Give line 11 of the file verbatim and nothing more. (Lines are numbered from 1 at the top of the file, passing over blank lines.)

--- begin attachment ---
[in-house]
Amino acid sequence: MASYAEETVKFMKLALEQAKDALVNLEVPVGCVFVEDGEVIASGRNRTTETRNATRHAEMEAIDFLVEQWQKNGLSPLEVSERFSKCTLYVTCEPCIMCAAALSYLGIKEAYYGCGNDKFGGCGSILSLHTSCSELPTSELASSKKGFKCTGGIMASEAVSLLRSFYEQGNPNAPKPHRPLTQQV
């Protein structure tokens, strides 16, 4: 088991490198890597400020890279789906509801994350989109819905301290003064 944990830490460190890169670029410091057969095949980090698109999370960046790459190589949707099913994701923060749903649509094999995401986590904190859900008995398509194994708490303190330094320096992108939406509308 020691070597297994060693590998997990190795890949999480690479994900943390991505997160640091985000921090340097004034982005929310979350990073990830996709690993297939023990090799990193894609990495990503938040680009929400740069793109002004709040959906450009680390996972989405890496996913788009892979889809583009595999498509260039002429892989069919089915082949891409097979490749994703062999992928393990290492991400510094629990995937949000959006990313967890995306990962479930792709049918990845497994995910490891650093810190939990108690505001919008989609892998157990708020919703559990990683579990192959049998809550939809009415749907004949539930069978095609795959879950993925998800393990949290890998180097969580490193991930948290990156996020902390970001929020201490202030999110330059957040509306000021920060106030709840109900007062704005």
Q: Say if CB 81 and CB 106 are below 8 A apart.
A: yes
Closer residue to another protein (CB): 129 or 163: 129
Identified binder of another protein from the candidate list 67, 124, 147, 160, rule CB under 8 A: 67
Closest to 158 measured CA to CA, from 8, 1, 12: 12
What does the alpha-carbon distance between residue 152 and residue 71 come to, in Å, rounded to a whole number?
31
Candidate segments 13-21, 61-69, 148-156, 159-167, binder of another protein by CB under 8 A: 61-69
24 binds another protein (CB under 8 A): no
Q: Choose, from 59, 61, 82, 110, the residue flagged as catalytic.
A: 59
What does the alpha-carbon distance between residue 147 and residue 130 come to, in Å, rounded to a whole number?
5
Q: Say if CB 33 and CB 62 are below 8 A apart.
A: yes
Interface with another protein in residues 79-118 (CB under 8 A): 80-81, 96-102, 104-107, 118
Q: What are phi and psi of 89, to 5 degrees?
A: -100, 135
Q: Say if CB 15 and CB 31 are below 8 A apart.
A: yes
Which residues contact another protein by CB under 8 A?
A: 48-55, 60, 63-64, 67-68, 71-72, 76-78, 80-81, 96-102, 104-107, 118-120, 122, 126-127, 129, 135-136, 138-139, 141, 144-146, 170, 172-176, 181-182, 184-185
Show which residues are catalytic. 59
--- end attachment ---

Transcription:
Candidate segments 13-21, 61-69, 148-156, 159-167, binder of another protein by CB under 8 A: 61-69